How to deal with different environments in Xcode
All our apps are developed in several different environments. Let’s have a look at what we call an environment, what the motivation to have different environments in one app is and what type of inconveniences it could bring. We’ll also unscover a part of our technological stack which helps us to do it the way we do it. 😎
What is an environment?
An environment is a set of settings which changes accordingly tohe user group the app is distributed to. We’ll look closer at the parts of the environment beginning with the most obvious ones and then moving to those that might be specific to our stack.
To make this post more clear we should define the environments we use in most of our apps. We usually use 3 different environments:
- Development — for app development
- Stage — for testing
- Production — well, that’s the production 🙂
Address of API that app uses
Well, 99 % of our apps (maybe even more) need to communicate with some kind of backend. This is the first case when environments are extremely useful. In Development and Stage environment we need to be able to safely simulate any behavior that should be implemented (or tested) in the app. That’s the reason why the address of API is always part of our environment.
Tokens and keys
This part of the environment is related to the previous one — if you use different APIs it is very likely that you’ll have to use different keys to the services which are used on both server and client sides (e.g. Google services, image hosting etc.).
More detailed errors
It would be nice if no errors have ever occured, wouldn’t it? Unluckily that’s still not possible so we have to deal with presenting errors to the user. Well, this can become a bit tricky. In Production the user is generally not interested to know which HTTP code was returned by the server or why did the mapping response fail. But in Stage and Development this information is very useful so that’s the reason why our environment contains a button turning on and off flag whether the detailed errors should be displayed or not.
Bundle identifier and app name
You might wonder why bundle identifier? It is quite simple — we want to have all the environments installed side by side. We also need to distinguish between all those different app versions so we also change the name based on the environment. Stage environment also has its build number on the app icon.
Configuration files for Firebase
All our apps use Firebase at least for crash reporting and analytics. Because different environments use different bundle identifiers, to communicate with different API they also need to communicate with different Firebase. This means that we need to tie selected API, bundle identifier and Firebase config files.
How do we switch environments?
Let’s introduce you to our Xcode setup — our schemes copy the environments. We also use 3 configurations — Debug, AdHoc and AppStore. While running app from Xcode we use Debug, when archiving AdHoc and AppStore is used for production builds.
At first we’ll introduce you to our folder structure — each environment has its own folder. Here we have build phase which handles selecting the correct folder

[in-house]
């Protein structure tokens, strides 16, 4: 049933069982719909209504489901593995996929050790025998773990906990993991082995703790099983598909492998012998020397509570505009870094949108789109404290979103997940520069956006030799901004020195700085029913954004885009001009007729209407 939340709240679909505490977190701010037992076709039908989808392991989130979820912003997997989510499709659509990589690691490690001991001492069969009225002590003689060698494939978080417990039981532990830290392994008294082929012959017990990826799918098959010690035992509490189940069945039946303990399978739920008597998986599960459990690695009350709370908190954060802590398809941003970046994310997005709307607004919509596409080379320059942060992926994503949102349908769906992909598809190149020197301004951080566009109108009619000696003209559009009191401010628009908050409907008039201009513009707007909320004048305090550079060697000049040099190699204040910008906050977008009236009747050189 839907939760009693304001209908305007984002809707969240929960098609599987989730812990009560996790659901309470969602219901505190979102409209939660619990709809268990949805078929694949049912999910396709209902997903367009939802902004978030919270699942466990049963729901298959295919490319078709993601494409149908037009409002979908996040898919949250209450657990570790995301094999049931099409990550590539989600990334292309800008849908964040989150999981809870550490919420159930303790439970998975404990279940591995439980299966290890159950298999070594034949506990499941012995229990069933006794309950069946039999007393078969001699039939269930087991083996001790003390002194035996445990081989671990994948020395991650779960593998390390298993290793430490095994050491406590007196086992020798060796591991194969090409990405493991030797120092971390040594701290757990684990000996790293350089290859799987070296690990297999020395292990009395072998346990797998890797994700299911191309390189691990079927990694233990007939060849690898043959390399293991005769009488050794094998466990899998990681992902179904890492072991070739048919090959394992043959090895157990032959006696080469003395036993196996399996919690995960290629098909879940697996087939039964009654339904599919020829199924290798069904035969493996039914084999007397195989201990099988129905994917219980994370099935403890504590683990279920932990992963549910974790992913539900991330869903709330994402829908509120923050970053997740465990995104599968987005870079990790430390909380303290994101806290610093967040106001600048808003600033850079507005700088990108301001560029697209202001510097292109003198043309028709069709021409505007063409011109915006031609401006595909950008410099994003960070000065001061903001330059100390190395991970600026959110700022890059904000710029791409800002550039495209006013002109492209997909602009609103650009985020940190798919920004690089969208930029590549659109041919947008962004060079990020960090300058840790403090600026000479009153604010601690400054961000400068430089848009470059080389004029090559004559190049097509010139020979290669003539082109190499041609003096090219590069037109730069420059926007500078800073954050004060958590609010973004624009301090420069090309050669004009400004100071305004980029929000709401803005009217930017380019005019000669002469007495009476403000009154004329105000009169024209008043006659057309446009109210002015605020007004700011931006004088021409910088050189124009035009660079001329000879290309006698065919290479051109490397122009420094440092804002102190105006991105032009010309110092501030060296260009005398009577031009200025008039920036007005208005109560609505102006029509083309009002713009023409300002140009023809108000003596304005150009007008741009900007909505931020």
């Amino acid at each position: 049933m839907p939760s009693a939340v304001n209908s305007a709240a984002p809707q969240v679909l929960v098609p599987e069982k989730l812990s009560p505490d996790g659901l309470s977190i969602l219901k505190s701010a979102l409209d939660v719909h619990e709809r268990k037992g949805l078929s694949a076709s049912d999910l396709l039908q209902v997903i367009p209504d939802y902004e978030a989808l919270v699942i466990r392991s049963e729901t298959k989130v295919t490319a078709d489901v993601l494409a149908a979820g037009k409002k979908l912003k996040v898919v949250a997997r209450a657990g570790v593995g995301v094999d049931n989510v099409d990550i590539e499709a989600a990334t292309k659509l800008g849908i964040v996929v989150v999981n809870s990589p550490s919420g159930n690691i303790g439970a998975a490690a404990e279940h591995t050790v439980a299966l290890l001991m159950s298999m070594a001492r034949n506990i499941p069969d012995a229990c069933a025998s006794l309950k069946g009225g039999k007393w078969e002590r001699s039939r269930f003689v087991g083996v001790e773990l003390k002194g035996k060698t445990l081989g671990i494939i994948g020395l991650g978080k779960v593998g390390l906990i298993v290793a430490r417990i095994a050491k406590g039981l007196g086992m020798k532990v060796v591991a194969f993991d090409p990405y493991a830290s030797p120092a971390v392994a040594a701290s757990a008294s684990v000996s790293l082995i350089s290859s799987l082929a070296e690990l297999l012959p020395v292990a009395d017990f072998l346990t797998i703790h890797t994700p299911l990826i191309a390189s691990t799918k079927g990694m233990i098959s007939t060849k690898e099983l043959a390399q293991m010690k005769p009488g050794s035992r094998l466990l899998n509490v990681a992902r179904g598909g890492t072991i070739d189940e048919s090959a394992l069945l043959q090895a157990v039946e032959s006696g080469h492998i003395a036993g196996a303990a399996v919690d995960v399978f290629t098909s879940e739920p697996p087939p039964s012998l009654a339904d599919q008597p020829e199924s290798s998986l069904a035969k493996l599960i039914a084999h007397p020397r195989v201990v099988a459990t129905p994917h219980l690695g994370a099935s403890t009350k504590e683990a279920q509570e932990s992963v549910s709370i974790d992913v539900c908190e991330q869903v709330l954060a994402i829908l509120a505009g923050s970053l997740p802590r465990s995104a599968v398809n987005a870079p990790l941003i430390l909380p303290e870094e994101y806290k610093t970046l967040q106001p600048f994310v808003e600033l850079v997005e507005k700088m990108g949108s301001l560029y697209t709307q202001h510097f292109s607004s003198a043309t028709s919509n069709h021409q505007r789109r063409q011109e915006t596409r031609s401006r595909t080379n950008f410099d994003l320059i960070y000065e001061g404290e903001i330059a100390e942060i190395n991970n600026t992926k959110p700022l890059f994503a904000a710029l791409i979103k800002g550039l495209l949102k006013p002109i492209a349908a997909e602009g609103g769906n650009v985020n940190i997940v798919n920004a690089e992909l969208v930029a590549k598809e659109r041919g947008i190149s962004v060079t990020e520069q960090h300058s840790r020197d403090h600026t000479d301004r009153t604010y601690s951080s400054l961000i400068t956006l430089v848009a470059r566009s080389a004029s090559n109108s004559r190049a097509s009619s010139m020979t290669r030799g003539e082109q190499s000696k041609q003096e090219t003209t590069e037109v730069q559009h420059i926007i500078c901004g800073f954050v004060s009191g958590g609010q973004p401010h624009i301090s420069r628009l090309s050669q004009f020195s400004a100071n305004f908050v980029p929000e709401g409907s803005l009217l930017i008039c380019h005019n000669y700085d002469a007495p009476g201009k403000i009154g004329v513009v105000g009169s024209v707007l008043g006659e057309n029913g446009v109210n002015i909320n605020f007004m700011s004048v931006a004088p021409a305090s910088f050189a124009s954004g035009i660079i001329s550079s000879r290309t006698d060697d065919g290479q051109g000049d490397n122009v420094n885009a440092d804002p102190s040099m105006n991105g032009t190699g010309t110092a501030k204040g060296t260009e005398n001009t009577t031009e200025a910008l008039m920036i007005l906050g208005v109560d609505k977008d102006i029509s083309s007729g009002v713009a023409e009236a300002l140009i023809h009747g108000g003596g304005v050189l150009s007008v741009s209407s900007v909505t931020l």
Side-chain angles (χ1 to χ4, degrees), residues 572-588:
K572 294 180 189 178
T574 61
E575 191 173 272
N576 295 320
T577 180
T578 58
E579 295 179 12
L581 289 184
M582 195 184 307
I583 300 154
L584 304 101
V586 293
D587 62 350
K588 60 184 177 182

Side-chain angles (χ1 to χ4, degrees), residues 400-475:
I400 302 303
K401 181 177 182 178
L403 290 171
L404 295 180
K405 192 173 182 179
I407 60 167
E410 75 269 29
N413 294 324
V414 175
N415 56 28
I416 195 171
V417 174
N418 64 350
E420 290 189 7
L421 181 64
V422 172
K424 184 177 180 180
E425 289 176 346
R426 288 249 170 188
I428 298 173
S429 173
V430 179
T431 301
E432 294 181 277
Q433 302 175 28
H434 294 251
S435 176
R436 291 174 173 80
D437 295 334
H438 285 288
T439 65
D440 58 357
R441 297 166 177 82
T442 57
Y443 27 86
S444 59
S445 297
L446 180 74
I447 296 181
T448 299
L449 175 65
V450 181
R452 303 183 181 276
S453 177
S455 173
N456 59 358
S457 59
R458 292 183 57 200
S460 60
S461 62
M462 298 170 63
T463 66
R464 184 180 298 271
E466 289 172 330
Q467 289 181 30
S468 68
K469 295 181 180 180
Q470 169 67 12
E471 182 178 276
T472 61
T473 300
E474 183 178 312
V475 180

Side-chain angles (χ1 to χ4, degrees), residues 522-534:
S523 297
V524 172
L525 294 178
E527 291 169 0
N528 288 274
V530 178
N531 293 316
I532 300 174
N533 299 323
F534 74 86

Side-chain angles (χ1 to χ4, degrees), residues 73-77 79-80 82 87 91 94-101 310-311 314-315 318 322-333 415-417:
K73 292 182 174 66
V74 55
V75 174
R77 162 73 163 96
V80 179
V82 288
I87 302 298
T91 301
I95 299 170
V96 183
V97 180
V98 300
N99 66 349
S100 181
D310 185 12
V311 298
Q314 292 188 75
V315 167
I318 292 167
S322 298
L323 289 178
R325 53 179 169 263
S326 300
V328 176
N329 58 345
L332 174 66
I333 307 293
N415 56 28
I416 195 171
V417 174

In the script there are a few details that might need an explanation. In target’s project settings we have a custom variable ACK_ENVIRONMENT_DIR where we store all the environmental folders. The variable CURRENT_ENV_FILE is a location of where we write the current scheme — the problem is that in Xcode it is not possible to determine which scheme is being built. We have solved this issue by adding a pre-build script to each scheme which writes the name of the scheme into this file.
One of the files included in the environment folder is environment.plist. This is where we store all of our environment specific settings. From this file we use our custom script which later generates enum with all values from plist.This script is a part of a building process so it is rewritten with every rebuild. We are about to remove our custom script and replace it with Swiftgen as we use it for images and localization strings. Generated file is then compiled with the rest of the app so it is all safe.
Another part of the environmental folder are Firebase configuration plists for all build configurations. We switch bundle identifiers according to a build configuration. So we need to have plists for all Firebase apps and projects we want to use. This generally means that we need to have 9 plists (3 environments * 3 bundle identifiers). We then use a build phase that selects correct plist according to current environment and build configuration.
How to get environment values in code?
As mentioned above we have a script that generates Swift code so it is as simple as getting a value from a static variable from an enum. Here it might be a good point to say how we define the values, which are stored in those environment plists. It would be easy to define a single string property with environment name and then checking it in a code like this.
This is not the way we do it. This would mean that adding or removing an environment would require changing the code. This is not the approach we like. That is why we never check what environment the app runs in. This is how our typical environment file looks like:
And then also the code looks much nicer, right? 😎
Well this is how we handle different environments, if you would like to ask anything, just ping us on Twitter or see our GitHub. Honestly, you can see our environment switch in action in our iOS-MVVM-ProjectTemplate which was open sourced within the grant from Ethereum Foundation.
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Originally published at www.ackee.cz on October 5, 2018.